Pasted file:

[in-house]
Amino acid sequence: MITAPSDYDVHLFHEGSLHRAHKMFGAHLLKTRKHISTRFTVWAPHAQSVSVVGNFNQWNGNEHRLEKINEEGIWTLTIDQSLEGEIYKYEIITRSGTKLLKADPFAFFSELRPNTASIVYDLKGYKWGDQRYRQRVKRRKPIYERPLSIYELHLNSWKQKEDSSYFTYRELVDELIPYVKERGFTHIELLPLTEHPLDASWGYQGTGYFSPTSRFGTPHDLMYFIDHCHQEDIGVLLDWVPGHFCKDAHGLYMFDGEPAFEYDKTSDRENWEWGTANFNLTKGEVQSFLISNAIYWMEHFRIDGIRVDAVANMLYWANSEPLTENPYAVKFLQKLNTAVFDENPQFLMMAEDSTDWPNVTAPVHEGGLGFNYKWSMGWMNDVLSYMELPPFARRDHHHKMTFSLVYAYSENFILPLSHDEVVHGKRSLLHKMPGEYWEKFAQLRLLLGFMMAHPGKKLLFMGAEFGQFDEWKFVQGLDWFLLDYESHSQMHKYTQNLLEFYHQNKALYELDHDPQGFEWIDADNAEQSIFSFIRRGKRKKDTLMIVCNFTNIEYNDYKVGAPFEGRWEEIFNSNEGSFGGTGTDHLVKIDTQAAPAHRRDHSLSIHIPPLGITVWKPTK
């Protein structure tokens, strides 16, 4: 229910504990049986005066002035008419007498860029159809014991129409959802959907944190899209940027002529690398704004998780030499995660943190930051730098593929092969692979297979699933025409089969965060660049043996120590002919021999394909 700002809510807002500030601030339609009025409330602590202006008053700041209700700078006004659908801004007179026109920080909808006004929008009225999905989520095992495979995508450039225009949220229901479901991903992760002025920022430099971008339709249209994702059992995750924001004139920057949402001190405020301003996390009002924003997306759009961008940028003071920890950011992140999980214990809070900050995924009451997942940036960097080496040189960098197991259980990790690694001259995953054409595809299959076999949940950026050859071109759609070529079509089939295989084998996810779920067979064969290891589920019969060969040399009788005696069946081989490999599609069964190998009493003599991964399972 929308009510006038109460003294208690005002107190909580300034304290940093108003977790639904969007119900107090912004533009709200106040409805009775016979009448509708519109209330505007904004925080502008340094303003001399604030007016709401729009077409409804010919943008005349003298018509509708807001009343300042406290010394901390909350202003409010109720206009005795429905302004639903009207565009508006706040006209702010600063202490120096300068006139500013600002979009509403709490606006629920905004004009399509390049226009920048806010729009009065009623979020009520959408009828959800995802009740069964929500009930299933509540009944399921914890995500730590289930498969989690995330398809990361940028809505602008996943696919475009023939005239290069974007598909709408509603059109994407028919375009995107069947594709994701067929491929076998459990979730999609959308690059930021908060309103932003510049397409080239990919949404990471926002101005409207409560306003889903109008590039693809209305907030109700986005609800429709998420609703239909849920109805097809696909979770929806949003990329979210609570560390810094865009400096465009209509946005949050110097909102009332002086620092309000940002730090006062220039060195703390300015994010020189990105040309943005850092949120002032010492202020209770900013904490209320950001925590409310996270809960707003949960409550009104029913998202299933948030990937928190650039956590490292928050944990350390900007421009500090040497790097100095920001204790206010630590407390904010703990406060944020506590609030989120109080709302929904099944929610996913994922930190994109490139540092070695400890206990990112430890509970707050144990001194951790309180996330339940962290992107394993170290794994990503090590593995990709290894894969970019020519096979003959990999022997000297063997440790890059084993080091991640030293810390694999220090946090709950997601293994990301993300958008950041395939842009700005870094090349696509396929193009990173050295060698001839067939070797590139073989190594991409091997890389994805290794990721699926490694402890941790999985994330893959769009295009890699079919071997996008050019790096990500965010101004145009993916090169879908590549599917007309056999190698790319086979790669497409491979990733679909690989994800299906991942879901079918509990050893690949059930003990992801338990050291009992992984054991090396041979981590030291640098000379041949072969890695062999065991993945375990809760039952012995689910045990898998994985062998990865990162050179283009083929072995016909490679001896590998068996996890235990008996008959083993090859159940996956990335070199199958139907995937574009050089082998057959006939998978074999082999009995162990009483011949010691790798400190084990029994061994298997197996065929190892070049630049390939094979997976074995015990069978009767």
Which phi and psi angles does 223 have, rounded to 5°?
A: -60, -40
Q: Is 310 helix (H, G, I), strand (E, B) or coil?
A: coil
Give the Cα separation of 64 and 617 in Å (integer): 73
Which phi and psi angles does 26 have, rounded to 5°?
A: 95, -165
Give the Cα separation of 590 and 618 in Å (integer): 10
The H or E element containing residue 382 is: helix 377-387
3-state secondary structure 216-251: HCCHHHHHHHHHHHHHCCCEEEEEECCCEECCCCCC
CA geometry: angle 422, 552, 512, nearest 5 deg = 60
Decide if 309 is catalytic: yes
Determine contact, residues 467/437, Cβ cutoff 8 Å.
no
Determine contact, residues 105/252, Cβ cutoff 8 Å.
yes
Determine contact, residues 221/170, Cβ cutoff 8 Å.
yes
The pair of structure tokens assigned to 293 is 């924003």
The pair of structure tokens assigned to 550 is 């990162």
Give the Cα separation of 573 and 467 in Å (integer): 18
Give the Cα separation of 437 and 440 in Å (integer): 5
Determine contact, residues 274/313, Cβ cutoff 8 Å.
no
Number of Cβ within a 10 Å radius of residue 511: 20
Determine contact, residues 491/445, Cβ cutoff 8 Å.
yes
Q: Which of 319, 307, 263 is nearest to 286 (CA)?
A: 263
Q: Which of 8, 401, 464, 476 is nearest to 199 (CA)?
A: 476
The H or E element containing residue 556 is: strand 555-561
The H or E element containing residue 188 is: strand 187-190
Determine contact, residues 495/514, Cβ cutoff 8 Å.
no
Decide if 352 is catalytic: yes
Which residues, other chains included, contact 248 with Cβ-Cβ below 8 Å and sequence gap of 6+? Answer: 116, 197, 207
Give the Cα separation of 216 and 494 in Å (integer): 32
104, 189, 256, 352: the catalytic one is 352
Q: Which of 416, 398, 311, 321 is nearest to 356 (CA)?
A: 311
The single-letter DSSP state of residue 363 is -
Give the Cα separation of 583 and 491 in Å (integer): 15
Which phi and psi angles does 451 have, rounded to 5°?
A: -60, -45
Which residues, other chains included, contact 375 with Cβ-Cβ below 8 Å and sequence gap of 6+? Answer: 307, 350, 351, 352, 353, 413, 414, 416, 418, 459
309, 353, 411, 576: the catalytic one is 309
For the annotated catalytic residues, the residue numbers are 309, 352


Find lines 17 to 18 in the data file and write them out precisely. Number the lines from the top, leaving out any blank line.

no
Determine contact, residues 105/252, Cβ cutoff 8 Å.